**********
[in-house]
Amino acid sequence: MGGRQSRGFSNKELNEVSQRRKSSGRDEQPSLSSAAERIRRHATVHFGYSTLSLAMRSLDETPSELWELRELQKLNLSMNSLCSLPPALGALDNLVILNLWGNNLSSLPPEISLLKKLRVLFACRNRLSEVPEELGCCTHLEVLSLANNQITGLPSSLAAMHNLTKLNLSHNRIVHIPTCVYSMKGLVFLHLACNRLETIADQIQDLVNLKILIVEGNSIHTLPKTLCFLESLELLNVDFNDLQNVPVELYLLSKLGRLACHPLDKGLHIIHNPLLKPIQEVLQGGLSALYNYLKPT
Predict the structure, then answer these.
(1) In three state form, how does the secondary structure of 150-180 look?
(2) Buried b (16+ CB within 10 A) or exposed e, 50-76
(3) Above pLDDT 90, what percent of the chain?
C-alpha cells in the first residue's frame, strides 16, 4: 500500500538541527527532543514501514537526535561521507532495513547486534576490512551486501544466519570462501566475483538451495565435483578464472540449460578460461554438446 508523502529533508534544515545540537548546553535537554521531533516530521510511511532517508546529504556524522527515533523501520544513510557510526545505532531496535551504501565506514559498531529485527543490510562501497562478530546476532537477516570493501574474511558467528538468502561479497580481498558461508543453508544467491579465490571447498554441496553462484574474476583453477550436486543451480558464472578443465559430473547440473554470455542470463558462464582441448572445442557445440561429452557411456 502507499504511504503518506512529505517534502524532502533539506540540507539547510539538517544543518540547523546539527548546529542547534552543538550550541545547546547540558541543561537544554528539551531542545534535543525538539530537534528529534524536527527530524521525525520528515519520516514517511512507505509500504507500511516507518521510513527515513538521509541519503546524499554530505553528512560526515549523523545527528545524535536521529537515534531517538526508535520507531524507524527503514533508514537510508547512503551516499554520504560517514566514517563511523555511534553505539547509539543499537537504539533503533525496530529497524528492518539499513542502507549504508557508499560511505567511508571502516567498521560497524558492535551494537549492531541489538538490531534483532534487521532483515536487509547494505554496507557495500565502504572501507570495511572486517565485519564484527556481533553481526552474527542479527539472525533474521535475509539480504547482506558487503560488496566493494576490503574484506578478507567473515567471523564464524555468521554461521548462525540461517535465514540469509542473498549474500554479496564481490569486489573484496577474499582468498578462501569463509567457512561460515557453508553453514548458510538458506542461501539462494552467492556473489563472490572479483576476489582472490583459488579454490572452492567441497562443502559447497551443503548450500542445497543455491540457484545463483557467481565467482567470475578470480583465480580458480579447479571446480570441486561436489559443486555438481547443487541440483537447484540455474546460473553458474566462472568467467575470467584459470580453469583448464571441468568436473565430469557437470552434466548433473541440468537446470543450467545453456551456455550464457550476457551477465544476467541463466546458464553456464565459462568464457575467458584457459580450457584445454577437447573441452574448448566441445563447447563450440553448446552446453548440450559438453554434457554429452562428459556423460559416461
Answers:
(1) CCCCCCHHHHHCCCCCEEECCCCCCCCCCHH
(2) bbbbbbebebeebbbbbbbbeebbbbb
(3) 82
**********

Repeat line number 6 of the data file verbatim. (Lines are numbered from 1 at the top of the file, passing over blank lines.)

(3) Above pLDDT 90, what percent of the chain?